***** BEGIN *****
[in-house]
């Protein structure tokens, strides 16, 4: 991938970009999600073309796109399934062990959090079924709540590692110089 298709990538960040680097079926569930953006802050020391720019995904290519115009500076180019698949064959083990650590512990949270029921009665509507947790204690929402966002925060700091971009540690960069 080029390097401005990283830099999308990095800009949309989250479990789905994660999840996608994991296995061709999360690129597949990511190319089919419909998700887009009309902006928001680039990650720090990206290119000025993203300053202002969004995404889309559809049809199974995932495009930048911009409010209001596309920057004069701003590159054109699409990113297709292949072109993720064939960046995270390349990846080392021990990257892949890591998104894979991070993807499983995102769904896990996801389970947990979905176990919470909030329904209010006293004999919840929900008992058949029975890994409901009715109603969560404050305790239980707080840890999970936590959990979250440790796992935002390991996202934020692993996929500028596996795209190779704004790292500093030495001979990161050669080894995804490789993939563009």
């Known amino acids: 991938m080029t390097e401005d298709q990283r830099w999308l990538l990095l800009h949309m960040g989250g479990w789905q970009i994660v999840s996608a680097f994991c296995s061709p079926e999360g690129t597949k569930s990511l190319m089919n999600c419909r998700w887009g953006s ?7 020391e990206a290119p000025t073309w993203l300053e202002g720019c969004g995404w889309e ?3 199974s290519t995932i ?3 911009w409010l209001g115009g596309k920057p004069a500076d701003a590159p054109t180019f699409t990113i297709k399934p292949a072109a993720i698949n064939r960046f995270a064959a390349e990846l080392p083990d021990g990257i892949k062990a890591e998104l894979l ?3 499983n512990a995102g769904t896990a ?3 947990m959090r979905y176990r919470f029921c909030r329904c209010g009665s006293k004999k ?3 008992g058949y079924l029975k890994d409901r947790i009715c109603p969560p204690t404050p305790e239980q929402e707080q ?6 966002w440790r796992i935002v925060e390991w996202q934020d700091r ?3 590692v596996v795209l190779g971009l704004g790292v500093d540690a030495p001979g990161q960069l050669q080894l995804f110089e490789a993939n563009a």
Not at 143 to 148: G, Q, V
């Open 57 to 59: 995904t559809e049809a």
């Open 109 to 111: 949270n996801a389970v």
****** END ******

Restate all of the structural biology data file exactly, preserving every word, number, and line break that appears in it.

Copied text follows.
[in-house]
């Protein structure tokens, strides 16, 4: 991938970009999600073309796109399934062990959090079924709540590692110089 298709990538960040680097079926569930953006802050020391720019995904290519115009500076180019698949064959083990650590512990949270029921009665509507947790204690929402966002925060700091971009540690960069 080029390097401005990283830099999308990095800009949309989250479990789905994660999840996608994991296995061709999360690129597949990511190319089919419909998700887009009309902006928001680039990650720090990206290119000025993203300053202002969004995404889309559809049809199974995932495009930048911009409010209001596309920057004069701003590159054109699409990113297709292949072109993720064939960046995270390349990846080392021990990257892949890591998104894979991070993807499983995102769904896990996801389970947990979905176990919470909030329904209010006293004999919840929900008992058949029975890994409901009715109603969560404050305790239980707080840890999970936590959990979250440790796992935002390991996202934020692993996929500028596996795209190779704004790292500093030495001979990161050669080894995804490789993939563009």
């Known amino acids: 991938m080029t390097e401005d298709q990283r830099w999308l990538l990095l800009h949309m960040g989250g479990w789905q970009i994660v999840s996608a680097f994991c296995s061709p079926e999360g690129t597949k569930s990511l190319m089919n999600c419909r998700w887009g953006s ?7 020391e990206a290119p000025t073309w993203l300053e202002g720019c969004g995404w889309e ?3 199974s290519t995932i ?3 911009w409010l209001g115009g596309k920057p004069a500076d701003a590159p054109t180019f699409t990113i297709k399934p292949a072109a993720i698949n064939r960046f995270a064959a390349e990846l080392p083990d021990g990257i892949k062990a890591e998104l894979l ?3 499983n512990a995102g769904t896990a ?3 947990m959090r979905y176990r919470f029921c909030r329904c209010g009665s006293k004999k ?3 008992g058949y079924l029975k890994d409901r947790i009715c109603p969560p204690t404050p305790e239980q929402e707080q ?6 966002w440790r796992i935002v925060e390991w996202q934020d700091r ?3 590692v596996v795209l190779g971009l704004g790292v500093d540690a030495p001979g990161q960069l050669q080894l995804f110089e490789a993939n563009a």
Not at 143 to 148: G, Q, V
């Open 57 to 59: 995904t559809e049809a």
């Open 109 to 111: 949270n996801a389970v």